Clustering and Classification methods for Biologists

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Mantel test

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What is it?

The Mantel test is a very useful, if somewhat obscure test. Basically it is used test if two distance matrices are correlated. For example, suppose that you have two distance matrices.

  1. a matrix of genetic distances between populations (i.e. a measure of how similar their gene frequencies are)
  2. a matrix of geographical distances (i.e. a measure of how separate the populations are)

It is reasonable to ask if genetic distance is correlated with geographical distance. You can't use a simple correlation coefficient because the cases are not independent (e.g. the distance between case 1 & 3 is not independent of the distance between case 1 & 4 because case 1 is involved in both).

A correlation coefficient, R0, is calculated for the original matrices. Now we permutate the rows and columns within one of the matrices and recalculate the correlation. We do this 100's of times. If the original matrices had been correlated the disruption caused by the permutations should reduce the correlation coefficient. Our measure of significance is the number of times that the original correlation coefficient ( R0) was exceeded by the permutated values. For example, if did 999 permutations and only 1 of the permutated coefficients exceeded R0 this would give use a significance of 0.001. Conversely, if the matrices were uncorrelated there is no reason to assume that the permutations would decrease the correlation coefficient, they may indeed increase it.


Examples from the literature.

Eller, E. 1999. Population substructure and isolation by distance in three continental regions. American Journal of Physical Anthropology, 108: 147-159.
Weider, LJ, Hobaek, A, Hebert, PDN, Crease, TJ. 1999. Holarctic phylogeography of an asexual species complex - II. Allozymic variation and clonal structure in Arctic Daphnia. Molecular Ecology, 8: 1-13.
West, DF, Black, WC. 1998. Breeding structure of three snow pool Aedes mosquito species in northern Colorado. Heredity, 81: 371-380.
HattonEllis, TW, Noble, LR, Okamura, B. 1998. Genetic variation in a freshwater bryozoan. I: Populations in the Thames basin, UK. Molecular Ecology, 7: 1575-1585.
Erkkila, HMJB. 1998. Seed banks of grazed and ungrazed Baltic seashore meadows. Journal of Vegetation Science, 9: 395-408.
Parker, MA, Spoerke, JM. 1998. Geographic structure of lineage associations in a plant-bacterial mutualism. Journal of Evolutionary Biology, 11: 549-562.
Miller, KJ. 1998. Short-distance dispersal of black coral larvae: inference from spatial analysis of colony genotypes. Marine Ecology-Progress Series, 163,: 225-233.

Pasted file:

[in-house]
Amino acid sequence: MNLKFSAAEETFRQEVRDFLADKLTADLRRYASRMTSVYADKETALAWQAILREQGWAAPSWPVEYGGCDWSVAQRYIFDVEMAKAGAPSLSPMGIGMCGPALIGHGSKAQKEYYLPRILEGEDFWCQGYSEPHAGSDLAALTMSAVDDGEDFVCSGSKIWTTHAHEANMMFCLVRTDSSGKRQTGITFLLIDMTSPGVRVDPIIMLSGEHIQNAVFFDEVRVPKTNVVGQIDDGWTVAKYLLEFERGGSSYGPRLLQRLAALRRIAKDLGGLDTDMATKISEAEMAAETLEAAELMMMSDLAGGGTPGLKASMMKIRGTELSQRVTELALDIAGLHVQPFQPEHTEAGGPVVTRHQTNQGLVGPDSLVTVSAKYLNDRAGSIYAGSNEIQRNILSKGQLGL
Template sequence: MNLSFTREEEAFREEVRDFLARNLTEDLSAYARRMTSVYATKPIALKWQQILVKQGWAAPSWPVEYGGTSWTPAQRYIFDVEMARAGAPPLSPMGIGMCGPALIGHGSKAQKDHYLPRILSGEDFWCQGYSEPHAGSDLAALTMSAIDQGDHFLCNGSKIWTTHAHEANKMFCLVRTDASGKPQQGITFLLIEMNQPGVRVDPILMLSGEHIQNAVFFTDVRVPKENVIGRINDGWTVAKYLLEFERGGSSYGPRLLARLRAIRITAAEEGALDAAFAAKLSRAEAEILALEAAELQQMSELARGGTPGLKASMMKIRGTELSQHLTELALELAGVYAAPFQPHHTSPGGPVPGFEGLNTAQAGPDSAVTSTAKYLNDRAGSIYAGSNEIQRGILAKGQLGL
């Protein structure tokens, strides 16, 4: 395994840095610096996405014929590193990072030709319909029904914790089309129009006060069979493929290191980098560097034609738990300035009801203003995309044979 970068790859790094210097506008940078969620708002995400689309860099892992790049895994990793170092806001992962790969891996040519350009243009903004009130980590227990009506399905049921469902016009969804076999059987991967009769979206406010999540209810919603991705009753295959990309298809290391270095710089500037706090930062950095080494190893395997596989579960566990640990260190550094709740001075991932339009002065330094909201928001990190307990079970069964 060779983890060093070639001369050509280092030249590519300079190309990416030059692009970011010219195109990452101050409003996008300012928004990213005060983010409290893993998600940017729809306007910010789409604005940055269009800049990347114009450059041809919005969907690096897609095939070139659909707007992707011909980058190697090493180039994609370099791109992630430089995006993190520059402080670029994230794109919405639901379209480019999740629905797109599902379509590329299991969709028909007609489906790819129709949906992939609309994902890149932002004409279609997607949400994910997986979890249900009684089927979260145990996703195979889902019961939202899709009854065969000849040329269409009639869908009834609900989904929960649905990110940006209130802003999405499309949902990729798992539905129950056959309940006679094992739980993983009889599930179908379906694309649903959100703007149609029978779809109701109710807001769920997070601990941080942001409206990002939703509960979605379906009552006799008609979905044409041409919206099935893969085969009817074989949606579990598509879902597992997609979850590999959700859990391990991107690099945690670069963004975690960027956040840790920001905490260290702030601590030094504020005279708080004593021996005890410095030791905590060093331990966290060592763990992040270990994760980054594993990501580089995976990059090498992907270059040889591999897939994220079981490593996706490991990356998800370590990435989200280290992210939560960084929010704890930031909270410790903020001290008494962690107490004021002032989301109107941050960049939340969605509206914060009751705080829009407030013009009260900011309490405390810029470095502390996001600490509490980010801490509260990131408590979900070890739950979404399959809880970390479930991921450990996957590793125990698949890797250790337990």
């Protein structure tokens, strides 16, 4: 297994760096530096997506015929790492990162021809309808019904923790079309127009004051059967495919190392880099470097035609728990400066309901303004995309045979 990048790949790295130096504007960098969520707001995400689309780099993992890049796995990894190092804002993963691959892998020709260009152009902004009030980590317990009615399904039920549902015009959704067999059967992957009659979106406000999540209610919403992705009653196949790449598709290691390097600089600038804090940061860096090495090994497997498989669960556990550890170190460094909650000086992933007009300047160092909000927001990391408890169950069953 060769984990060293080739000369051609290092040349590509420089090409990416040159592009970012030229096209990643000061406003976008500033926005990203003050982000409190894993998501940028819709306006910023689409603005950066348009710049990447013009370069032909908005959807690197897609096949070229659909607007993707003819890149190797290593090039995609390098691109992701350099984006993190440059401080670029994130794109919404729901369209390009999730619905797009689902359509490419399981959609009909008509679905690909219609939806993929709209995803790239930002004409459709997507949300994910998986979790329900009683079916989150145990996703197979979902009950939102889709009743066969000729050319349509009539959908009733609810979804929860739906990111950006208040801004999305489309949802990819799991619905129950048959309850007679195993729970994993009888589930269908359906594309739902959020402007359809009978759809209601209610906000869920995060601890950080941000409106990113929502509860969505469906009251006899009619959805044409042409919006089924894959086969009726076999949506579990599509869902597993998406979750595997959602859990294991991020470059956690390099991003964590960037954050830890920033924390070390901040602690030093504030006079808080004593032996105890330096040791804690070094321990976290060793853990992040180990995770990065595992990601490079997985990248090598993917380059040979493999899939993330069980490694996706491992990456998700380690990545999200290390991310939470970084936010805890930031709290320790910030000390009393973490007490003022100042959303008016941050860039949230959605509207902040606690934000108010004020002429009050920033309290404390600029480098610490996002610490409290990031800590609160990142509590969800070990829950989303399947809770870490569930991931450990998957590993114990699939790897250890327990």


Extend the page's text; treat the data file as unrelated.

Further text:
Heipel, DA, Bishop, JDD, Brand, AR, Thorpe, JP. 1998. Population genetic differentiation of the great scallop Pecten maximus in western Britain investigated by randomly amplified polymorphic DNA. Marine Ecology-Progress Series, 162: 163-171.
Cesaroni, D, Matarazzo, P, Allegrucci, G, Sbordoni, V. 1997. Comparing patterns of geographic variation in cave crickets by combining geostatistic methods and Mantel tests. Journal of Biogeography, 24: 419-431.
Rossi, JP. 1996. Statistical tool for soil biology .11. Autocorrelogram and Mantel test. European Journal of Soil Biology, 32: 195-203.
BlackSamuelsson, S, Eriksson, G, Gustafsson, L, Gustafsson, P. 1997. RAPD and morphological analysis of the rare plant species Vicia pisiformis (Fabaceae). Biological Journal of The Linnean Society, 61: 325-343.
Kyes, S, Harding, R, Black, G, Craig, A, Peshu, N, Newbold, C, Marsh, K. 1997. Limited spatial clustering of individual Plasmodium falciparum alleles in field isolates from coastal Kenya. American Journal off Tropical Medicine And Hygiene, 57: 205-215.
RuizGarcia, M. 1997. Genetic relationships among some new cat populations sampled in Europe: A spatial autocorrelation analysis. Journal of Genetics, 76: 1-24.
Sokal, RR, Oden, NL, Walker, J, Waddle, DM. 1997. Using distance matrices to choose between competing theories and an application to the origin of modern humans. Journal of Human Evolution, 32: 501-522.
Malhotra, A, Thorpe, RS. 1997. Size and shape variation in a Lesser Antillean anole, Anolis oculatus (Sauria: Iguanidae) in relation to habitat. Biological Journal of the Linnean Society, 60: 53-72.



PopTools is a very versatile Excel addin from CSIRO. In addition to Mantel tests it also incorporates a range of Matrix methods and resampling techniques.

A Mantel test is included in a suite of Excel programs designed for use with population genetics studies.

Manly, B.F.J. 1994. RT: A program for randomisation testing. Version 1.02c, July 1994. Centre for Application of Statistics and Mathematics, University of Otago, Dunedin, New Zealand.

Manly, B. F. J. 1993. A review of computer intensive multivariate methods in ecology. Pages 307-346 in G. P. Patil and C. R. Rao (eds.) Multivariate Environmental Statistics. Elsevier Science, London.

Partial Mantel analysis is described with great clarity (p779-) in Legendre and Legendre's Numerical Ecology (2nd Edition) - published by Elsevier in 1998.